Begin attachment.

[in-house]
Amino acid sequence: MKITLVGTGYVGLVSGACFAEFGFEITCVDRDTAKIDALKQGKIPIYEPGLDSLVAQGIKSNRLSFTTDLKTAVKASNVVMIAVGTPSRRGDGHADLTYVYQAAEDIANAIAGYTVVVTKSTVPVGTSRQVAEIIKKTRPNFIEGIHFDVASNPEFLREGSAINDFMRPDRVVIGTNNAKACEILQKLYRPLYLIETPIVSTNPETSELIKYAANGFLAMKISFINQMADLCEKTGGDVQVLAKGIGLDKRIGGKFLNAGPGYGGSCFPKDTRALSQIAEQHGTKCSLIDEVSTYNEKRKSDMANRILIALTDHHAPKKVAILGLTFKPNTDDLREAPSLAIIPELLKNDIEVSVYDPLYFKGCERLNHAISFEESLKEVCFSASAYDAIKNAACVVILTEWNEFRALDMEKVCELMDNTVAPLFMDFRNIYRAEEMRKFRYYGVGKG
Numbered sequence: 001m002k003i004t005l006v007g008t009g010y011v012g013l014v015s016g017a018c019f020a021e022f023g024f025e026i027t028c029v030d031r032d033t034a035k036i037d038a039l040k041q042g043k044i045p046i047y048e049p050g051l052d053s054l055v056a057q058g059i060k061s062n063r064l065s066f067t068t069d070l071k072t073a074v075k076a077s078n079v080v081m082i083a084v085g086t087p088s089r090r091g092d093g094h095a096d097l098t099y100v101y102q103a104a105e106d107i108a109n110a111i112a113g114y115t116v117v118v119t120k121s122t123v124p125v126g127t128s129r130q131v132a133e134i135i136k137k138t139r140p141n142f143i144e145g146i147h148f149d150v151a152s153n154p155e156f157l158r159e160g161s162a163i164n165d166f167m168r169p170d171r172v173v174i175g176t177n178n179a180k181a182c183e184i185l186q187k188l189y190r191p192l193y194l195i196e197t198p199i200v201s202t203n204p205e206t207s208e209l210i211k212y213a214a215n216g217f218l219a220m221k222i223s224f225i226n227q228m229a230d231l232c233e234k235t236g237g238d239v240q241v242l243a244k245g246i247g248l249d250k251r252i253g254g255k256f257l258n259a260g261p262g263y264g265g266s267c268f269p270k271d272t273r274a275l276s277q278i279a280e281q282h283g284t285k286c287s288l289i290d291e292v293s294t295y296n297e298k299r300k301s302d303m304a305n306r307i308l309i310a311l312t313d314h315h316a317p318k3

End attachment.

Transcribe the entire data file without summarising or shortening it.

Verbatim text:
[in-house]
Amino acid sequence: MKITLVGTGYVGLVSGACFAEFGFEITCVDRDTAKIDALKQGKIPIYEPGLDSLVAQGIKSNRLSFTTDLKTAVKASNVVMIAVGTPSRRGDGHADLTYVYQAAEDIANAIAGYTVVVTKSTVPVGTSRQVAEIIKKTRPNFIEGIHFDVASNPEFLREGSAINDFMRPDRVVIGTNNAKACEILQKLYRPLYLIETPIVSTNPETSELIKYAANGFLAMKISFINQMADLCEKTGGDVQVLAKGIGLDKRIGGKFLNAGPGYGGSCFPKDTRALSQIAEQHGTKCSLIDEVSTYNEKRKSDMANRILIALTDHHAPKKVAILGLTFKPNTDDLREAPSLAIIPELLKNDIEVSVYDPLYFKGCERLNHAISFEESLKEVCFSASAYDAIKNAACVVILTEWNEFRALDMEKVCELMDNTVAPLFMDFRNIYRAEEMRKFRYYGVGKG
Numbered sequence: 001m002k003i004t005l006v007g008t009g010y011v012g013l014v015s016g017a018c019f020a021e022f023g024f025e026i027t028c029v030d031r032d033t034a035k036i037d038a039l040k041q042g043k044i045p046i047y048e049p050g051l052d053s054l055v056a057q058g059i060k061s062n063r064l065s066f067t068t069d070l071k072t073a074v075k076a077s078n079v080v081m082i083a084v085g086t087p088s089r090r091g092d093g094h095a096d097l098t099y100v101y102q103a104a105e106d107i108a109n110a111i112a113g114y115t116v117v118v119t120k121s122t123v124p125v126g127t128s129r130q131v132a133e134i135i136k137k138t139r140p141n142f143i144e145g146i147h148f149d150v151a152s153n154p155e156f157l158r159e160g161s162a163i164n165d166f167m168r169p170d171r172v173v174i175g176t177n178n179a180k181a182c183e184i185l186q187k188l189y190r191p192l193y194l195i196e197t198p199i200v201s202t203n204p205e206t207s208e209l210i211k212y213a214a215n216g217f218l219a220m221k222i223s224f225i226n227q228m229a230d231l232c233e234k235t236g237g238d239v240q241v242l243a244k245g246i247g248l249d250k251r252i253g254g255k256f257l258n259a260g261p262g263y264g265g266s267c268f269p270k271d272t273r274a275l276s277q278i279a280e281q282h283g284t285k286c287s288l289i290d291e292v293s294t295y296n297e298k299r300k301s302d303m304a305n306r307i308l309i310a311l312t313d314h315h316a317p318k3